About this blog

I was diagnosed with breast cancer on June 11, 2010. As a result of my treatment, I have lymphedema in my left arm. I draw my strength from the Lord, as well as my family's Scots-Irish heritage. Our Graham's were a tough and scrappy bunch of fighters on the Scottish/English border. They came to America and continued to fight when necessary: in the American Revolution; the Civil War; and my brother is a Captain in the U.S. Army. My ancestors settled this country against all odds. My great-grandmothers on both sides of the family were pioneer women who settled the West. Along with that heritage, and the full armor of God, I am walking the walk and fighting the good fight.

Thursday, August 5, 2010

Turning to the next page

Time marches on. Even during this summer of surprise and turmoil. In some ways, the summer is dragging on. In other ways, it seems like the blink of an eye. Strange.

Today is exactly 2 weeks after my bilateral mastectomy. I was able to scale down the pain medication yesterday to a total of 3. At night, I took one rather than two. I didn't sleep as deeply, and didn't go to sleep right away when I woke up for a "nature break" in the middle of the night. But I did get a full night of sleep. It could have just been psychological, knowing I took less before bed.

I had my appointment with Dr. P today to see what the rest of my treatment is going to look like. Mom and Eric both went with me, and we recorded it just in case we forgot any details. Not only is the support nice, it is good to have another set of eyes/ears and brain in the room. I was very glad that he did not give me a percentage chance of survival, nor did he dwell on the stage of the cancer.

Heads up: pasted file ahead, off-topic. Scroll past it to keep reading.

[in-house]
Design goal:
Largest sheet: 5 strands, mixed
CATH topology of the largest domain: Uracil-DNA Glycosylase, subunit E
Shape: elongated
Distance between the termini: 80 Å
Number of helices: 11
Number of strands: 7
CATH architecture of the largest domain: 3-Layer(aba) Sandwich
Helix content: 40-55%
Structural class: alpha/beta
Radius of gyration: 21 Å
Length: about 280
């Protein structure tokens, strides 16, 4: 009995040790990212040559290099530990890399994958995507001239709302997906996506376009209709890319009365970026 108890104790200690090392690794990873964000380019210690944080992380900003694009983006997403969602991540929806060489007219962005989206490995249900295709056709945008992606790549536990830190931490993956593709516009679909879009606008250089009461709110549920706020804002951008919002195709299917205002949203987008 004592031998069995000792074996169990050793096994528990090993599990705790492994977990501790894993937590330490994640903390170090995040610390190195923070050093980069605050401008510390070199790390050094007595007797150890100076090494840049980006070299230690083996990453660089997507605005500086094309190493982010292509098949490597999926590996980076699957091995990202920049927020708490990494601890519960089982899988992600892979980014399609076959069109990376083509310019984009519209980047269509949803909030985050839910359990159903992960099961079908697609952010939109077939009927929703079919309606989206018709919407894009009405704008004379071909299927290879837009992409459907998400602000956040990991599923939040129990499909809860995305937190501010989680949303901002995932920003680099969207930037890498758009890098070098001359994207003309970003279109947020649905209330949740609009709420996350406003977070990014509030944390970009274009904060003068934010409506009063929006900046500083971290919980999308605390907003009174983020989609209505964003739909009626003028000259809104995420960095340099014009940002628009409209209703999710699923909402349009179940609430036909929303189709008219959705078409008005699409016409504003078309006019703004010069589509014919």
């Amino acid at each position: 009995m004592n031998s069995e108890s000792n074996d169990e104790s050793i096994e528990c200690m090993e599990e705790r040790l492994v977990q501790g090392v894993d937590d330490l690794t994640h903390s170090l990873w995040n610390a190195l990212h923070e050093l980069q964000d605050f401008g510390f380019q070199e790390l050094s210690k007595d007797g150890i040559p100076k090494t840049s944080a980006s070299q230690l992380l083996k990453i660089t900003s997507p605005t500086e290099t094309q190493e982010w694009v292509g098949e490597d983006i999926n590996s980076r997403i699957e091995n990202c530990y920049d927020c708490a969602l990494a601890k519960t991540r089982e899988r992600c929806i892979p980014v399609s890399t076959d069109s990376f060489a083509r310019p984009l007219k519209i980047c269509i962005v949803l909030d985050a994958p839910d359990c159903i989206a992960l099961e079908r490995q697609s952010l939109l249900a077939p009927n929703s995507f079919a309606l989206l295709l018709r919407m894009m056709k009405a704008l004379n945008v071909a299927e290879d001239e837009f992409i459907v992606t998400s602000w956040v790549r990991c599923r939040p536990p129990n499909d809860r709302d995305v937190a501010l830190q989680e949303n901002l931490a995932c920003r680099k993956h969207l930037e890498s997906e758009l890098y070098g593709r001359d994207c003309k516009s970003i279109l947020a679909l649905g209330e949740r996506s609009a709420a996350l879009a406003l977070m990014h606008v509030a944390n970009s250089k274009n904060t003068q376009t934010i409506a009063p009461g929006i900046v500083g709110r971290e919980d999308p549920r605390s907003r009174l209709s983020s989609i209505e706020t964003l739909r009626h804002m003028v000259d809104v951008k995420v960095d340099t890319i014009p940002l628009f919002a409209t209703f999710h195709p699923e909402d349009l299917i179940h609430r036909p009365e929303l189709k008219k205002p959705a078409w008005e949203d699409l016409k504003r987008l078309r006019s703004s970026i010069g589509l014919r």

As I expected, Dr. P is recommending 6 rounds of chemotherapy and then a course of radiation, and then hormonal therapy for 5 years afterwards. The radiation is on the menu because I had more than 4 positive lymph nodes. I asked him if I do chemo, doesn't that "kill" all the bad cells? Isn't radiation then overkill? He thought that was a good question. It basically comes down to doing all you can to make sure the cancer is gone. Each treatment attacks it slightly differently. He thought the chemo and hormonal treatment was the most important in my case. I have time to think about radiation. I definitely want to throw all my weapons at this enemy and kick it once.

We do have a decision to make, however. When it comes to the chemo, the traditional cocktail in cases like mine has been a mix of three drugs: taxotere; cytoxan; and adriamycin. There apparently is debate in the oncology community about whether or not adriamycin is really necessary for breast cancer. The camps are about 50/50. The trend seems to be to leave out the adriamycin. There is a clinical trial going on that I am eligible to participate in that will answer that question. Too bad it isn't already answered. Because now I have to decide whether or not to do the chemo with or without adriamycin. I asked Dr. P which camp he was in, because he wasn't pushing one over the other. (A good sign, I think). He said he falls into the side of leaving it out. Adriamycin can cause damage to the heart muscle, and it can also cause leukemia. On the other hand, it is part of the traditional treatment that has put breast cancer survival rates in the 90th percentile.

I trust Dr. P. We definitely are going to think about it more, but for now, he ordered the chemo without the adriamycin. Thank God that Eric knows how to research this stuff. He's already looking into it. If we decide we want the adriamycin all we have to do is call and he'll add it to the mix.